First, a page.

A 65-year-old male patient was admitted with cervical compressive myelopathy and central cord syndrome with C4-C5 subluxation. He was scheduled for a C5-C6 corpectomy, C3-C6 lateral mass plating and cage placement. There was no history of diabetes, hypertension, abnormal heart rhythm, transient ischemic attacks or giddiness. He was not a known alcoholic or a smoker. A standard general anesthesia was provided with propofol 2-3 mg.kg-1, fentanyl 2 μgkg-1 and tracheal intubation was facilitated with atracurium 0.1 mg.kg-1. Anesthesia was maintained with an inspired isoflurane concentration of 1.0MAC in 70% nitrous oxide, oxygen gas mixture and an infusion of atracurium and fentanyl. The patient was placed in supine position with hyperextension of the neck. The surgical procedure lasted for 150 minutes. There was bleeding from the vertebral body which was controlled by applying bone wax. Intraoperatively, the patient was hemodynamically stable. At the end of surgery which lasted for 150 min, the patient showed no signs of recovery from anesthesia even after 60 min of discontinuation of all anesthetic agents. The patient was comatose and unresponsive. Pupils were normal in size but not reacting to light. Suction of the trachea elicited no response; pharyngeal or laryngeal reflexes were absent. There was a flaccid paralysis of all the four limbs. There were no respiratory efforts. The patient was normothermic and hemodynamically stable throughout the observation period. Arterial blood gases, serum electrolytes and blood glucose were within the normal range. An increased collection of blood was noted in the closed suction drain suggesting bleeding at surgical site. As there was no pharmacological or physiological evidence for the absence of brain stem reflexes and unresponsiveness, an organic cause of hematoma compressing cervico-medullary area involvement was considered. The operative wound was immediately re-explored under sevoflurane, air and oxygen anesthesia. At the surgical site, a hematoma of 4 × 4 cms was noted compressing the vertebral artery, which was evacuated. The anesthetic was discontinued at the conclusion of the procedure. The patient regained spontaneous breathing and was able to move the limbs and obey commands within 15 minutes of discontinuation of sevoflurane. The pupillary reaction to light was restored. In view of the possible ischemic insult to the brain stem the patient was mechanically ventilated for 24 hours. There was a complete neurological recovery without any new deficits. Postoperative ECHO cardiogram, neck vessel doppler, MR angiography for evaluation of risk factors for cerebrovascular disease were unremarkable.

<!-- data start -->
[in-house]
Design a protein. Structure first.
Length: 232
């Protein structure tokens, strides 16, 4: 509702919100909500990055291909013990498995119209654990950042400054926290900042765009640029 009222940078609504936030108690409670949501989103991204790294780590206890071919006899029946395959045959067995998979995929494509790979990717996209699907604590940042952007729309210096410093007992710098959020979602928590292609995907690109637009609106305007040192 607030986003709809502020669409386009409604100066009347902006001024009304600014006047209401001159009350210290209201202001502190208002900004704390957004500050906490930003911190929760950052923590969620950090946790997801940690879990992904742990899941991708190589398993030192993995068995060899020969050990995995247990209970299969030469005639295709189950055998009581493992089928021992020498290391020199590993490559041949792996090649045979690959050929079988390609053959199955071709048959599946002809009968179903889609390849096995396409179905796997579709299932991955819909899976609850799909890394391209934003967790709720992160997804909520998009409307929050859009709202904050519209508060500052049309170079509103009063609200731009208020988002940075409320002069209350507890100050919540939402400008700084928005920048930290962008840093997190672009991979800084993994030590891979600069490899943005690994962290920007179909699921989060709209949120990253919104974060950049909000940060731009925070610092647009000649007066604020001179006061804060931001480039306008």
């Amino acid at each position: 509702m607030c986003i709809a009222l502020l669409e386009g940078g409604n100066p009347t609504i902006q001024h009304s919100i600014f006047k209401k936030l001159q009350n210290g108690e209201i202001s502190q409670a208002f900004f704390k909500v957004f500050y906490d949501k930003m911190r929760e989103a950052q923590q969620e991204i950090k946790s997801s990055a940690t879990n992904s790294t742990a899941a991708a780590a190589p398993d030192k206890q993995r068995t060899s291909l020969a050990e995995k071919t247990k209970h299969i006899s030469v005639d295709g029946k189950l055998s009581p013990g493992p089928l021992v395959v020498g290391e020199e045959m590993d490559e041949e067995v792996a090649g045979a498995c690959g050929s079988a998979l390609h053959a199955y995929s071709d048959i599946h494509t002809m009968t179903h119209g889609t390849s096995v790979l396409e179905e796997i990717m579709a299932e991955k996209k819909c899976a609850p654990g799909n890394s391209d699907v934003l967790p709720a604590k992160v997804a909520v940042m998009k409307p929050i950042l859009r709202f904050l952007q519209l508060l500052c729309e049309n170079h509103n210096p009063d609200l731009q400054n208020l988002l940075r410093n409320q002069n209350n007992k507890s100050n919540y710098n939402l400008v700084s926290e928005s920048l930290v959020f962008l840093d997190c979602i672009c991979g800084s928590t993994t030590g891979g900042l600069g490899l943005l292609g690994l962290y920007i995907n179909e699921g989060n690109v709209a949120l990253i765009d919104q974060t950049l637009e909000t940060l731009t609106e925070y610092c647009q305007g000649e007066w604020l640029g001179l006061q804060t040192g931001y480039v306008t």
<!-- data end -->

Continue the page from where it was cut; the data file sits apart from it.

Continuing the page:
There are several anesthetic causes for delayed recovery. Most often delayed awakening is implicated to the anesthetic cause and organic conditions are often overlooked [3] especially when the surgery is remote from the brain. In the present report the patient developed transient brain stem ischemia which recovered completely after evacuation of hematoma which was compressing the vertebral artery. The bleeding might have resulted from dislodgement of the bone wax from the vertebral body after the surgical incision was closed. It is possible that the compression of the artery by the hematoma resulted in ischemia due to compromised blood supply of the brain stem and the patient manifested with the signs of coma and areflexia. Immediate exploration of surgical site was performed in view of the continued hemorrhage and prolonged unconsciousness which if due to cervico medullary area may become irreversible. This devastating complication could have been prevented if brain stem auditory and somatosensory evoked potentials (neurophysiological monitoring) had been employed. The evidence for brain stem ischemia in this report is only circumstantial; the location of the hematoma compressing the vertebral artery, and improvement of the neurological symptoms following evacuation prompted the diagnosis of brain stem ischemia though no confirmatory investigations were possible. There are several potential causes of brain stem ischemia during cervical spine surgery. Tsai and colleagues [4] described a case of fatal ischemic brain stem stroke resulting from the occlusion of the basilar artery during cervical spine surgery in a previously asymptomatic patient. Cervical traction, intraoperative manipulations of the severely inflamed vertebral artery, vibrations from a high-speed drill and prolonged hyperextension and rotation of the neck are a few possible mechanisms [5],[6],[7] that can result in occlusion of the blood flow to the vertebral artery causing brain stem ischemia. The contribution of these factors in causing vertebral artery injury cannot be clinically excluded in this case but the rapid reversal of ischemia favors compression due to hematoma. The restoration of blood flow is better in compressive injuries than in distractive injuries. It is because of lesser vasospasm and also a minor degree of stretch on the vessels which may cause reversible occlusion. [8]